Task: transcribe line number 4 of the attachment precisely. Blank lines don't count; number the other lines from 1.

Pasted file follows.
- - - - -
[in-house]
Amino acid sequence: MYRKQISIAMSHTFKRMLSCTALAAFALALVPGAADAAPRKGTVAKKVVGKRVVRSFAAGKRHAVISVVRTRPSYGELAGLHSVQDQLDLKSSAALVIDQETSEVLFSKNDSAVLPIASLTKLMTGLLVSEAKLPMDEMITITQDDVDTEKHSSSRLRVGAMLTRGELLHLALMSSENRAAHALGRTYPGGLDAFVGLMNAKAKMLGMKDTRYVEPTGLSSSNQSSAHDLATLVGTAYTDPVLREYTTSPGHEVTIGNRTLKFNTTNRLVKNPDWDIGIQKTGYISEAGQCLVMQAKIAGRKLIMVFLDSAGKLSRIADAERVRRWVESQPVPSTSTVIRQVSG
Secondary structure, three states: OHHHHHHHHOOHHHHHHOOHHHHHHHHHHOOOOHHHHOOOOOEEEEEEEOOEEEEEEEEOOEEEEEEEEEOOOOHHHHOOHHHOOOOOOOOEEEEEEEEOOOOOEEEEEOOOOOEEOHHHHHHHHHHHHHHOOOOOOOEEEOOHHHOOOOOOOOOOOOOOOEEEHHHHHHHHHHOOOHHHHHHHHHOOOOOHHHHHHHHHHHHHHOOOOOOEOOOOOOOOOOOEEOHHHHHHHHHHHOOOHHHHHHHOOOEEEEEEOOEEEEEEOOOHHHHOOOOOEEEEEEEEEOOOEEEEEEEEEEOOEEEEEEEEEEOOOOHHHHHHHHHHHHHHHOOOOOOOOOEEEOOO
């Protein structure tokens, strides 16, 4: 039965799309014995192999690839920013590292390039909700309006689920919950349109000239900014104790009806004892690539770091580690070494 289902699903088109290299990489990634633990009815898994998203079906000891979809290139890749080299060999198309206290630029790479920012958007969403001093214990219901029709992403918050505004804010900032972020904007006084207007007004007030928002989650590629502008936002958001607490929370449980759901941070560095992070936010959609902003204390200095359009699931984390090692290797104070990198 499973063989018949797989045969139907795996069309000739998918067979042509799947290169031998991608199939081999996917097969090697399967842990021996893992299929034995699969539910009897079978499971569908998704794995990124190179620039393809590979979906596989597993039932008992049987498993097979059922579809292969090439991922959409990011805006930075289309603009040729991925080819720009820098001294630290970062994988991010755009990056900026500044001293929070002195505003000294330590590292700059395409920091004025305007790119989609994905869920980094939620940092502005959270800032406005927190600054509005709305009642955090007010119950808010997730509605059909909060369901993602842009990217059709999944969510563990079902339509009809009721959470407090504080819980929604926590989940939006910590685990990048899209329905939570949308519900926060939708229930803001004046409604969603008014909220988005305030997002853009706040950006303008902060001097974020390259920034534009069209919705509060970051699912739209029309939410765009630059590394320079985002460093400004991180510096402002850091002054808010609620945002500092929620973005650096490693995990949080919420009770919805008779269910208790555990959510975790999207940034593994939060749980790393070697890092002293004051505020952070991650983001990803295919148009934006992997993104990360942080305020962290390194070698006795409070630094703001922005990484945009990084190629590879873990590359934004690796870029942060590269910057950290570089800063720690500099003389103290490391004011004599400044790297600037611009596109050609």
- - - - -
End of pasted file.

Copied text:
């Protein structure tokens, strides 16, 4: 039965799309014995192999690839920013590292390039909700309006689920919950349109000239900014104790009806004892690539770091580690070494 289902699903088109290299990489990634633990009815898994998203079906000891979809290139890749080299060999198309206290630029790479920012958007969403001093214990219901029709992403918050505004804010900032972020904007006084207007007004007030928002989650590629502008936002958001607490929370449980759901941070560095992070936010959609902003204390200095359009699931984390090692290797104070990198 499973063989018949797989045969139907795996069309000739998918067979042509799947290169031998991608199939081999996917097969090697399967842990021996893992299929034995699969539910009897079978499971569908998704794995990124190179620039393809590979979906596989597993039932008992049987498993097979059922579809292969090439991922959409990011805006930075289309603009040729991925080819720009820098001294630290970062994988991010755009990056900026500044001293929070002195505003000294330590590292700059395409920091004025305007790119989609994905869920980094939620940092502005959270800032406005927190600054509005709305009642955090007010119950808010997730509605059909909060369901993602842009990217059709999944969510563990079902339509009809009721959470407090504080819980929604926590989940939006910590685990990048899209329905939570949308519900926060939708229930803001004046409604969603008014909220988005305030997002853009706040950006303008902060001097974020390259920034534009069209919705509060970051699912739209029309939410765009630059590394320079985002460093400004991180510096402002850091002054808010609620945002500092929620973005650096490693995990949080919420009770919805008779269910208790555990959510975790999207940034593994939060749980790393070697890092002293004051505020952070991650983001990803295919148009934006992997993104990360942080305020962290390194070698006795409070630094703001922005990484945009990084190629590879873990590359934004690796870029942060590269910057950290570089800063720690500099003389103290490391004011004599400044790297600037611009596109050609």